The overall rating of a review is different from a simple average of all individual ratings.
Share this review on
The Japanese, apparently, are fantastic at developing existing ideas into something new but seldom create something original. Invent a calculator, the Japanese will make it smaller. Make a television, they come back with a 42 inch plasma screen that you hang on the wall. All of this is brilliant for cold, functional devices, but how well does it work when they put their minds to something with a bit of soul, a little passion… like a sports saloon.
Lexus is the luxury division of Toyota, formed several years ago when Toyota realised that nobody was going to buy one of their cars instead of a BMW 7 series or Mercedes S Class, no matter how good it was. They needed to create a premium brand car, which normally takes decades, with an immediate presence. This led to the Lexus LS400, which was superb but did not have the brand impact to impress European snob values. Years later it is regarded as a fine car, but people still can’t get past the fact that it isn’t a German limo.
In 1999, Lexus launched the IS200 – aimed at the executive sports saloon market.
King of the sports saloons was, and still is, the BMW 3 series. Fine engines, great driving experience, bags of driveway kudos and built so solidly that you would think it was carved out of granite. Nobody in Europe has been able to shift the 3 series from the top of every thrusting exec’s wish list (who said yuppies were a thing of the past) but Lexus were undaunted and decided to clone this winning formula.
Just like the 3 series, the IS200 got a straight six 2.0 litre engine, rear wheel drive, sporty, and aggressive styling. Everything, in fact, to make it look like a strong contender – on paper at least. It was in June 2000 that I joined a company with a pretty generous company car policy and for the first (and only) time in my life I had my pick of a really tasty choice of vehicles.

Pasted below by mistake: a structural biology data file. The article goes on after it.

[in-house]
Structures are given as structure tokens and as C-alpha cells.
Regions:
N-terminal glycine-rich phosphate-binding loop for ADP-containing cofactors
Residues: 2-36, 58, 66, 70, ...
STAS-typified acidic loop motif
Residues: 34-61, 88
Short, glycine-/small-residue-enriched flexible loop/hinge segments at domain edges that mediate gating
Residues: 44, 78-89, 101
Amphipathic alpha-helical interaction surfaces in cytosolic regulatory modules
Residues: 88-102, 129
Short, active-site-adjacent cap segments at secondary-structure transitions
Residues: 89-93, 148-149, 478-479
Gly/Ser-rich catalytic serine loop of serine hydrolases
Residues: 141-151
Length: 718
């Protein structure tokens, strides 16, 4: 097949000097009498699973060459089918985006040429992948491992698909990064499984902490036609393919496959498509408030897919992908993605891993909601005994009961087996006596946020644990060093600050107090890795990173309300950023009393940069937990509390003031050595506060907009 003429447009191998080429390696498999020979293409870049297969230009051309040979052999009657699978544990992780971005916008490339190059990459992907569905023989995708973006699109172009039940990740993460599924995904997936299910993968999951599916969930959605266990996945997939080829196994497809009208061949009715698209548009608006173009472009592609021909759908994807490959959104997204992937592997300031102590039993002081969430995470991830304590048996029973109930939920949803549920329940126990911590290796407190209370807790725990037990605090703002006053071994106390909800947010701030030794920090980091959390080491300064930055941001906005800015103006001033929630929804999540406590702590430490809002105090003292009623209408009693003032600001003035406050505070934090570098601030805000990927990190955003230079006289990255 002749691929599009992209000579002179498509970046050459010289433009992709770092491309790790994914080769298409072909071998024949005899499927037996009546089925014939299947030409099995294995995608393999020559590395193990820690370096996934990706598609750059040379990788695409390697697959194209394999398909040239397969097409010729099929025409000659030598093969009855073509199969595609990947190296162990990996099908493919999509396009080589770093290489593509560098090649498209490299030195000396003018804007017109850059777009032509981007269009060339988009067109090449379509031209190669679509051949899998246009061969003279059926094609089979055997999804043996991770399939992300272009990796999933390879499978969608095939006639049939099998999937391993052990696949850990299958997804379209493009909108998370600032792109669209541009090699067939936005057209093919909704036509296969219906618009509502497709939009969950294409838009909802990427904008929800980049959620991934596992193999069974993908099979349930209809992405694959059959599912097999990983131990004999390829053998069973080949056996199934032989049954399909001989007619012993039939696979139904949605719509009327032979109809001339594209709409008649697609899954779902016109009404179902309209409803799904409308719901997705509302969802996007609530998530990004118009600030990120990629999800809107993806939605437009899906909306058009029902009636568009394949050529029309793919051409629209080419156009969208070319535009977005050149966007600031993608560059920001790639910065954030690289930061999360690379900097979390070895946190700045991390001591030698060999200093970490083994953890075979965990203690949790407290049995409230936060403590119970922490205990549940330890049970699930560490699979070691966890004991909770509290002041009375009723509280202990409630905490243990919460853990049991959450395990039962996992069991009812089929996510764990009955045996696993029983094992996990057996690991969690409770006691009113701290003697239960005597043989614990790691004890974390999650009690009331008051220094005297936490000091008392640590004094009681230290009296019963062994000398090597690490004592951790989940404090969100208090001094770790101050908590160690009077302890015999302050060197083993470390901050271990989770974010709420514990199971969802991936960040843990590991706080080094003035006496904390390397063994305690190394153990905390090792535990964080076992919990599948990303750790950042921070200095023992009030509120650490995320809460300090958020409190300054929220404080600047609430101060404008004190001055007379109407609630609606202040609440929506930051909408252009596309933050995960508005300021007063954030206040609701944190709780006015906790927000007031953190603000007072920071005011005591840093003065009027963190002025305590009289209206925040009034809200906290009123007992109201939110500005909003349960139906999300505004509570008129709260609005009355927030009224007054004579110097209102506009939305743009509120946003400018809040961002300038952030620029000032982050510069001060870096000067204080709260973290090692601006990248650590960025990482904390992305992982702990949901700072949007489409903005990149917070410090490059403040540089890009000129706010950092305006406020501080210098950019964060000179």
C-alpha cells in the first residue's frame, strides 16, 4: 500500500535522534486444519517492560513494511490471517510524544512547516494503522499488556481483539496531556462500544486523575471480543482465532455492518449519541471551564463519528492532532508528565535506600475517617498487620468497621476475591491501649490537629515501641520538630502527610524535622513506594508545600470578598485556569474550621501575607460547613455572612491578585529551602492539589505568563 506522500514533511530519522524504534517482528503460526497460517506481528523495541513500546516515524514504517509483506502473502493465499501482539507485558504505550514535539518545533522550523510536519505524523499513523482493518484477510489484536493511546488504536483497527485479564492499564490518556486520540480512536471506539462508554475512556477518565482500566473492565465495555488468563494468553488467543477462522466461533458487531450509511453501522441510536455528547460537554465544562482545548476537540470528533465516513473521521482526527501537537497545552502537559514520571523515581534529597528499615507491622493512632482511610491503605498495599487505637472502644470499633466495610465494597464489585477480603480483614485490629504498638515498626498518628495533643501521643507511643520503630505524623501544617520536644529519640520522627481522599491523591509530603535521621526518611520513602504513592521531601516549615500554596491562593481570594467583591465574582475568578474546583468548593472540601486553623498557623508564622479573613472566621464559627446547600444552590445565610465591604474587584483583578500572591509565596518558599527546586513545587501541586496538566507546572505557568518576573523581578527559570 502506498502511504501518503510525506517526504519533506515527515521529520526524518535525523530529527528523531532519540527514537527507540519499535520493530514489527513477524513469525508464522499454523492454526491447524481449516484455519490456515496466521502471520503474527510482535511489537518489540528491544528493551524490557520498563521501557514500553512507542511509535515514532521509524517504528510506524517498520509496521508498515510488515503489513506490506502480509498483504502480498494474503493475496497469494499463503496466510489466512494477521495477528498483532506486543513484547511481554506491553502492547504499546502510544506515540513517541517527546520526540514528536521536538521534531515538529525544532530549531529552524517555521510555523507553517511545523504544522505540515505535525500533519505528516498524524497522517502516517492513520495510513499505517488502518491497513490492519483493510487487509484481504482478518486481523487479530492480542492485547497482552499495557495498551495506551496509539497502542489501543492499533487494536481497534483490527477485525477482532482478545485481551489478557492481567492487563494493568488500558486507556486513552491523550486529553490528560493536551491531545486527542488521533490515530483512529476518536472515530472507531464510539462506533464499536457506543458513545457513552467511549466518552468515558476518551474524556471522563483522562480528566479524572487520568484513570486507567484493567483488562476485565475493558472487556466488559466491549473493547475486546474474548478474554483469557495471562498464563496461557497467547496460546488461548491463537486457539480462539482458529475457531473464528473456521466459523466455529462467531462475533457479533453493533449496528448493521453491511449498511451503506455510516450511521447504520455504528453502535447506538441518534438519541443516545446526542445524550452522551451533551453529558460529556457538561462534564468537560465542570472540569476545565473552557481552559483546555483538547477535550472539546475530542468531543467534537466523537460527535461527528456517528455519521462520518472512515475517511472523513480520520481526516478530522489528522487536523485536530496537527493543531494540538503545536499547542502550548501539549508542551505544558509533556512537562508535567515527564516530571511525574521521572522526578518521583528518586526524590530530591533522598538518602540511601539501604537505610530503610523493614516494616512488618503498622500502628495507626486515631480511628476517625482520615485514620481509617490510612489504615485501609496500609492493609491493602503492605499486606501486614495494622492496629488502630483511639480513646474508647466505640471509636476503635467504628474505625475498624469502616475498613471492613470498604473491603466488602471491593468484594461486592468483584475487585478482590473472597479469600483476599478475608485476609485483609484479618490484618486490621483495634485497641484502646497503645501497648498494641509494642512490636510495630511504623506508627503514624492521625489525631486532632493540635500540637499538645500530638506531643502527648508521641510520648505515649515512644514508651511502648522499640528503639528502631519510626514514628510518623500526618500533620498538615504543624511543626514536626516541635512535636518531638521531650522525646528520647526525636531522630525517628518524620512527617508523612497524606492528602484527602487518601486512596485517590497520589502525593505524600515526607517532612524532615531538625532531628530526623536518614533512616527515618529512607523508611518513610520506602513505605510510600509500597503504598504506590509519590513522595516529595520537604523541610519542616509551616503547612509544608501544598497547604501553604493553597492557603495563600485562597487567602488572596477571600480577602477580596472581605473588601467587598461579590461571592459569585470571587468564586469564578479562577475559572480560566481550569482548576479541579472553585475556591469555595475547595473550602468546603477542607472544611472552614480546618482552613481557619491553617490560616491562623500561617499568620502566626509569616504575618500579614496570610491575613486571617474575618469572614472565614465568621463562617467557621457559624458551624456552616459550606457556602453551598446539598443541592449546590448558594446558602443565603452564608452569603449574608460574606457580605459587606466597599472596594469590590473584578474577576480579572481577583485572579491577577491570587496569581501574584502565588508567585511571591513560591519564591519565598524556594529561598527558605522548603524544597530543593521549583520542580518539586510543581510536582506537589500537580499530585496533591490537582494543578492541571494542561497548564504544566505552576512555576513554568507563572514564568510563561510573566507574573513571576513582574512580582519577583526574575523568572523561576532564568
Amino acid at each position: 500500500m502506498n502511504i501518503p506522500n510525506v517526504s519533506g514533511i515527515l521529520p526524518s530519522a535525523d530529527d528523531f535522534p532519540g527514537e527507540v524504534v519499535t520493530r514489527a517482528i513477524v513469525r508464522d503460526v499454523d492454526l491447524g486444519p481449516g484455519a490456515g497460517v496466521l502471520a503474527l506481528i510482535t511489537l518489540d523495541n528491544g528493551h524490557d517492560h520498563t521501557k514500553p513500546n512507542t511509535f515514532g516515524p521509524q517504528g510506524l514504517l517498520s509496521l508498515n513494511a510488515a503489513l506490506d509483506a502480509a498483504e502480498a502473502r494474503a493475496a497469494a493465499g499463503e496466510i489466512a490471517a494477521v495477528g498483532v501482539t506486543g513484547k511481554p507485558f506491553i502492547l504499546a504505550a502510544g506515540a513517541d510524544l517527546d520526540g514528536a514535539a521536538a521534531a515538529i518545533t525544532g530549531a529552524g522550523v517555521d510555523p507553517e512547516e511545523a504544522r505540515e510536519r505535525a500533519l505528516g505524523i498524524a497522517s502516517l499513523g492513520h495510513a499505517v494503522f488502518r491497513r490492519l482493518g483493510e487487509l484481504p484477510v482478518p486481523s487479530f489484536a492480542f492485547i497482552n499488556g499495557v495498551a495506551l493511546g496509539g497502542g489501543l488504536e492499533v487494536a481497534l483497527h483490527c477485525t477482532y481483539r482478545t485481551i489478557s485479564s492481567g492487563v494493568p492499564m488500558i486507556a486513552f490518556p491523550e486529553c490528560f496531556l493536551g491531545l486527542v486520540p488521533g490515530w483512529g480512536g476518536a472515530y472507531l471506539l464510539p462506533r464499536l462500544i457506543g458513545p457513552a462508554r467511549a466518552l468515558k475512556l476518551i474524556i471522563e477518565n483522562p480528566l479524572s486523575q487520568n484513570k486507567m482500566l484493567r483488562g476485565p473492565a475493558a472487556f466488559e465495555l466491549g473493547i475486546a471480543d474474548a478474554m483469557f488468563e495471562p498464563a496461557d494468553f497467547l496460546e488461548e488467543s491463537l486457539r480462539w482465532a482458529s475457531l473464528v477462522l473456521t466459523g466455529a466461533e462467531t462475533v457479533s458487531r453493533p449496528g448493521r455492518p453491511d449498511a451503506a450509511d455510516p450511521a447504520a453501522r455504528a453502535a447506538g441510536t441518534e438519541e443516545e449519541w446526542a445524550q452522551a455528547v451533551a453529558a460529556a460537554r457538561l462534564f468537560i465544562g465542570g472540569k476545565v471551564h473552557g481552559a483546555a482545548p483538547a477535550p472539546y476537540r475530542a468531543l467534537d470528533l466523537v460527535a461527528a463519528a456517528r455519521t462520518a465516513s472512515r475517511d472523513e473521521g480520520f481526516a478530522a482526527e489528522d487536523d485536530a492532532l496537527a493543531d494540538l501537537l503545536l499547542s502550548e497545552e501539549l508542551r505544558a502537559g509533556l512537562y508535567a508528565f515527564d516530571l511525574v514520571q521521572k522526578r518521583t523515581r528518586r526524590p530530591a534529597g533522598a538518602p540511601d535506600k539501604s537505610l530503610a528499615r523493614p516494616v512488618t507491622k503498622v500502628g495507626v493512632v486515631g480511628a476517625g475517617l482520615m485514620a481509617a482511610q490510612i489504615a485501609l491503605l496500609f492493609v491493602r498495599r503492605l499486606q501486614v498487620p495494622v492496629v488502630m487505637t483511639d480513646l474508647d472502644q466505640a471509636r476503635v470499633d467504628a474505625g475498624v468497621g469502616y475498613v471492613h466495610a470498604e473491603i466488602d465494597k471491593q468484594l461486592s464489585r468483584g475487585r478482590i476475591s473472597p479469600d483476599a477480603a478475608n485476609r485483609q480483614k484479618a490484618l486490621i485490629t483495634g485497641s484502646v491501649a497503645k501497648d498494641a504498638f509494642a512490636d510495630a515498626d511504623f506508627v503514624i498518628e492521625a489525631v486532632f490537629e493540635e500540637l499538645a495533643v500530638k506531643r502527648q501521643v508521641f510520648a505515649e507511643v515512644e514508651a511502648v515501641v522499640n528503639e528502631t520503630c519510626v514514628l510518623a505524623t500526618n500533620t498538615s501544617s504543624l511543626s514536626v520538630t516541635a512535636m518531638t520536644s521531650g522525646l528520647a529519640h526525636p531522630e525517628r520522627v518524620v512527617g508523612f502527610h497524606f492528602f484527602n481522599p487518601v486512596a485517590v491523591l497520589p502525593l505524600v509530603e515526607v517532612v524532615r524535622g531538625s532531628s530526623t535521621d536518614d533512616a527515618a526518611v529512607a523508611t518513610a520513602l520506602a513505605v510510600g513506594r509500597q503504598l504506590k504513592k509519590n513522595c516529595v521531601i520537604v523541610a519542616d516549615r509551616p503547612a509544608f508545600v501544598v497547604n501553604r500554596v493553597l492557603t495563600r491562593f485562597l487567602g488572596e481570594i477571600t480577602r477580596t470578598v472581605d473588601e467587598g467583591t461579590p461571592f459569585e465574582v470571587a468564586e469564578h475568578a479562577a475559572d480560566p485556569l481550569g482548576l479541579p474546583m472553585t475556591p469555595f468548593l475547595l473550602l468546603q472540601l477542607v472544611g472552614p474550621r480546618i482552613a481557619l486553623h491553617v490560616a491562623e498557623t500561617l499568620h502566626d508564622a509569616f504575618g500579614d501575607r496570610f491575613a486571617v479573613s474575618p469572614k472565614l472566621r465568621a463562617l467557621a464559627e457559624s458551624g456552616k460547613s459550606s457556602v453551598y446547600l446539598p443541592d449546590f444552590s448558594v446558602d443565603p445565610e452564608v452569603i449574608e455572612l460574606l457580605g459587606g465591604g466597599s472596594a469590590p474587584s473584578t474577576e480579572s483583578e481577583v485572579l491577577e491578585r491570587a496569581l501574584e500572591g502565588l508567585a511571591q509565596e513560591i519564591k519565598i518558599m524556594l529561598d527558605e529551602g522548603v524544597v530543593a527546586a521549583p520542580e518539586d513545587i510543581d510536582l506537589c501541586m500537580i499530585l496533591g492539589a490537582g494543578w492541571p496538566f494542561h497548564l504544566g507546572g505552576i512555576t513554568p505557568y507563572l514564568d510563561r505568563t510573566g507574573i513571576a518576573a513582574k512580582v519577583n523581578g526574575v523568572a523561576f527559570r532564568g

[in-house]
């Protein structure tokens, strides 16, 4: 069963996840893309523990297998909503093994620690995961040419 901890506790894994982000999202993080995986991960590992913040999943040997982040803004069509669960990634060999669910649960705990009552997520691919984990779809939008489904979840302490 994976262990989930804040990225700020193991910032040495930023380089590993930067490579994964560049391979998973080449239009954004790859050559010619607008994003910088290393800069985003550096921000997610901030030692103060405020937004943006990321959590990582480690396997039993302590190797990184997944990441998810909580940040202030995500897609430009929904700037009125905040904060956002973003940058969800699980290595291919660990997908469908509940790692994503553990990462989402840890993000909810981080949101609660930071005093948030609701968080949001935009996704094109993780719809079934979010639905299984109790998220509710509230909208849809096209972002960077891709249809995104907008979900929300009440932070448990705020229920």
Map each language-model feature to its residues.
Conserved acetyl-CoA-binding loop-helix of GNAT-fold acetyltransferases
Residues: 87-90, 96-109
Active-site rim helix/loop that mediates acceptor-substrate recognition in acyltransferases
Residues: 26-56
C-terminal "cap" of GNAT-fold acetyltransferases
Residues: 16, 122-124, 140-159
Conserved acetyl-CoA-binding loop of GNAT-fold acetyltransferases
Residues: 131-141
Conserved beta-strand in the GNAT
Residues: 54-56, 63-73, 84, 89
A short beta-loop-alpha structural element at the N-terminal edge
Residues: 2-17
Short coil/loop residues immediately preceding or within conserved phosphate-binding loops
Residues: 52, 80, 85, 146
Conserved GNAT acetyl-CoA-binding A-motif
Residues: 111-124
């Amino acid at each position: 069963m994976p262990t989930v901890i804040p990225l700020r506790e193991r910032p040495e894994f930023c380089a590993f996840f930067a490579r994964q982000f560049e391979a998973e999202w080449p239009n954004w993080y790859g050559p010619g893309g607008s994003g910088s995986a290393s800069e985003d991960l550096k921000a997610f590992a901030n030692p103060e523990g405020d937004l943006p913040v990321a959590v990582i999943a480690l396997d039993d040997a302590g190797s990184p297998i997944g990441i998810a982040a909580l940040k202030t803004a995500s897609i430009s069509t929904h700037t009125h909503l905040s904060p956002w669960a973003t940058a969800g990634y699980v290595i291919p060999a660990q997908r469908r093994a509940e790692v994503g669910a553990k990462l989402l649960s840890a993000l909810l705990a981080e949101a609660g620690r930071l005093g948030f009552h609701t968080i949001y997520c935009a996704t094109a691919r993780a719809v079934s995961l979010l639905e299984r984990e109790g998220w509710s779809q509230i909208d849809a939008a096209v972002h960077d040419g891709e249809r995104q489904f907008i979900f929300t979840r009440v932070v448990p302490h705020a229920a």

Ruling out the VW’s, Fords, Vauxhalls, etc., I found that I could just about scrape into a BMW 320 SE and even went for a test drive. It was an impressive car, everything responded as I had imagined – precise steering, instant brakes, gear changes that flattered, a healthy shove in the back whenever the accelerator was applied and so on. However, there was just one problem – it was a BMW. You see, I don’t associate myself with the pushy, superior image that I personally perceived BMW still had. I liked the car, but I just didn’t like the baggage – so where was I going to get a non-BMW BMW? I think you can see where this is going.
By coincidence, the IS200 was doing the usual round of new car reviews in all the auto magazines and it really caught my eye. All the reviews said the same thing – it was like a BMW 3 series, but not quite, which sounded just the job.
I booked myself a test drive and arrived at Lexus (Leeds) on a sunny afternoon. The first thing that struck me was the immaculate design of the showroom. Great walls of curved glass, the swirly Lexus ‘L’ logo scattered subtly around the pristine walls. The cars were fantastically well presented, gleaming like jewels. Being in the soulless BMW dealer was like a black and white movie, but in the Lexus palace I was on the set of Star Wars. It was over the top, definitely ostentatious, but immediately made me feel special – this had the wow factor and no mistake.